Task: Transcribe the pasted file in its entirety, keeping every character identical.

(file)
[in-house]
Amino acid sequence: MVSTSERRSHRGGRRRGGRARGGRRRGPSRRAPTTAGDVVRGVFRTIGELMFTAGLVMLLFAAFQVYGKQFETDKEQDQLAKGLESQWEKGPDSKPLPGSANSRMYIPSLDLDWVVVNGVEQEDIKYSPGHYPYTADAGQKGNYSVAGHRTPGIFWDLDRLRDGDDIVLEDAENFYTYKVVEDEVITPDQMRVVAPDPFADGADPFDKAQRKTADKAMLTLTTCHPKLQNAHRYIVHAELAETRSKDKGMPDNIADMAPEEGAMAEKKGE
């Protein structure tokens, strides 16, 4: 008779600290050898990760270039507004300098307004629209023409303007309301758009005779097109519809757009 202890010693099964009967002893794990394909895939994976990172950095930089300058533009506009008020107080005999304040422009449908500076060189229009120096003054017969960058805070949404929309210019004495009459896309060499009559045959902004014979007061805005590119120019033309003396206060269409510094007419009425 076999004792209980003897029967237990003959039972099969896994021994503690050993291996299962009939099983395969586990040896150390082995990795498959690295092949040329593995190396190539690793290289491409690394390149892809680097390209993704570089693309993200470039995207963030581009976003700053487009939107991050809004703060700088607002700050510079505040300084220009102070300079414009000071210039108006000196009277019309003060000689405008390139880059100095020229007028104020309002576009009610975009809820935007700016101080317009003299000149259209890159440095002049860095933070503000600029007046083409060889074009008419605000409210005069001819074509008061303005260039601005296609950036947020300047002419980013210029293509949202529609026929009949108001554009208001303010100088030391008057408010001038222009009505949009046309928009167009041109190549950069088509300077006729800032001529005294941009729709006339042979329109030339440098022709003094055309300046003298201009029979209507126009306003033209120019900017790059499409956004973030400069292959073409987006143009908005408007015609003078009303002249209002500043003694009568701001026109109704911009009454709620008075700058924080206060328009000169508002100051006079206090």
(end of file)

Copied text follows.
[in-house]
Amino acid sequence: MVSTSERRSHRGGRRRGGRARGGRRRGPSRRAPTTAGDVVRGVFRTIGELMFTAGLVMLLFAAFQVYGKQFETDKEQDQLAKGLESQWEKGPDSKPLPGSANSRMYIPSLDLDWVVVNGVEQEDIKYSPGHYPYTADAGQKGNYSVAGHRTPGIFWDLDRLRDGDDIVLEDAENFYTYKVVEDEVITPDQMRVVAPDPFADGADPFDKAQRKTADKAMLTLTTCHPKLQNAHRYIVHAELAETRSKDKGMPDNIADMAPEEGAMAEKKGE
């Protein structure tokens, strides 16, 4: 008779600290050898990760270039507004300098307004629209023409303007309301758009005779097109519809757009 202890010693099964009967002893794990394909895939994976990172950095930089300058533009506009008020107080005999304040422009449908500076060189229009120096003054017969960058805070949404929309210019004495009459896309060499009559045959902004014979007061805005590119120019033309003396206060269409510094007419009425 076999004792209980003897029967237990003959039972099969896994021994503690050993291996299962009939099983395969586990040896150390082995990795498959690295092949040329593995190396190539690793290289491409690394390149892809680097390209993704570089693309993200470039995207963030581009976003700053487009939107991050809004703060700088607002700050510079505040300084220009102070300079414009000071210039108006000196009277019309003060000689405008390139880059100095020229007028104020309002576009009610975009809820935007700016101080317009003299000149259209890159440095002049860095933070503000600029007046083409060889074009008419605000409210005069001819074509008061303005260039601005296609950036947020300047002419980013210029293509949202529609026929009949108001554009208001303010100088030391008057408010001038222009009505949009046309928009167009041109190549950069088509300077006729800032001529005294941009729709006339042979329109030339440098022709003094055309300046003298201009029979209507126009306003033209120019900017790059499409956004973030400069292959073409987006143009908005408007015609003078009303002249209002500043003694009568701001026109109704911009009454709620008075700058924080206060328009000169508002100051006079206090």